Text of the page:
Nestled in the heart of Texas Hill Country, Fredericksburg could be any town in the state on this morning in early November. It’s the last week of the high school football regular season, and Lance Moffett, the Fredericksburg High School head football coach, is preparing for the make-or-break game to get his team into the playoffs.

In some ways, Mr. Moffett experienced so many mornings like this one as a high-schooler outside Dallas in the 1980s. Yet the practices he runs are far removed from his high school days. Today, he is trying to save his state’s most beloved sport.

Like in other high schools around the country at the time, Moffett was coached to lead with “the screws” of his helmet – hit head-first and hard, in other words – when tackling. He had five concussions that he’s certain about – the ones a doctor diagnosed – but it could be more.

Back then, when he got his “bell rung” he would just sit out a few plays. Now, with research linking concussions to severe brain damage and death, he is doing exactly the opposite.

Henry Gass/The Christian Science Monitor
Lance Moffett, head coach of the Fredericksburg High School Battlin’ Billies, addresses his team after a loss to Lampasas High School in Lampasas, Texas.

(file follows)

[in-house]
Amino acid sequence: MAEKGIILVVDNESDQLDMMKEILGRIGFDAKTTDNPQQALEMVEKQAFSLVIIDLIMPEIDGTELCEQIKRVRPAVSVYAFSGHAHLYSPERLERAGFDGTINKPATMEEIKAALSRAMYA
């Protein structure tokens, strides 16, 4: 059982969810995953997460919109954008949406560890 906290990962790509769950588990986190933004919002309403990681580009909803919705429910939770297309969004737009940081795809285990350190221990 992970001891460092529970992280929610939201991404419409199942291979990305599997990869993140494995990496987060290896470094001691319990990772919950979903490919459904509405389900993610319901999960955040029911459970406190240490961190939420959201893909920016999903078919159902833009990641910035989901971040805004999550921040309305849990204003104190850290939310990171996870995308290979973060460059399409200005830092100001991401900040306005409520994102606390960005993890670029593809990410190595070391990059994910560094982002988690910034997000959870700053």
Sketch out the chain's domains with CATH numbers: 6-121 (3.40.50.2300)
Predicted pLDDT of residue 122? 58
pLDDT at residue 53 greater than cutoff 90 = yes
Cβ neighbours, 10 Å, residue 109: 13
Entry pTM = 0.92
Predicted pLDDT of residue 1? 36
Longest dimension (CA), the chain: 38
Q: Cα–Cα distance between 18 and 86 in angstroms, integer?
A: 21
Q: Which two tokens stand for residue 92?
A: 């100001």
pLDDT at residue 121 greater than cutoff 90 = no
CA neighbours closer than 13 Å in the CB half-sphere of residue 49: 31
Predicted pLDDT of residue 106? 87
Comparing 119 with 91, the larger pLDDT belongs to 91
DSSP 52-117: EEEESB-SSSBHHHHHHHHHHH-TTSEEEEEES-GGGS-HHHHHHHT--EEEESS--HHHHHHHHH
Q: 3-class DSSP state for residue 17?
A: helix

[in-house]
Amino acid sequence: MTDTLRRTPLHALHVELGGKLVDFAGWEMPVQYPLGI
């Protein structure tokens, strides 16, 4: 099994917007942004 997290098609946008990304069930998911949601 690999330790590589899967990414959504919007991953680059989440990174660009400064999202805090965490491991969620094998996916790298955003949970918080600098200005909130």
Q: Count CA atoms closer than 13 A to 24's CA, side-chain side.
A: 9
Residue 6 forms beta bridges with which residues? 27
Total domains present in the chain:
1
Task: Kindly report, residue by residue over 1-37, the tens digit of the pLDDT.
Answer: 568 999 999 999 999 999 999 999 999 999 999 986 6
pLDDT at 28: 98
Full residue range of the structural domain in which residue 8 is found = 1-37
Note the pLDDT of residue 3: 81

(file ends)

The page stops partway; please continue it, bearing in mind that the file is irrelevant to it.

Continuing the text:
From peewee to professional, football is under enormous pressure to protect its athletes from concussions and other head injuries. In some quarters, head injuries are seen as an existential threat to the game’s future. Participation in high school football has declined nationally.

But Texas is an interesting case. High school football is a core part of the state’s identity, and so perhaps more insulated from the push for change. Indeed, participation in high school football here has increased slightly in recent years. Yet having football at the heart of Texas culture adds its own pressure. Kids of all shapes and sizes will show up to play, but if they aren't protected that culture could erode.

So change is taking hold. When Moffett played in high school “it was virtuous to knock the crap out of people,” primarily by leading with your head, he says. Today, there is an increasing awareness of – and commitment to – keeping football thriving in Texas by keeping the head out of the game as much as possible.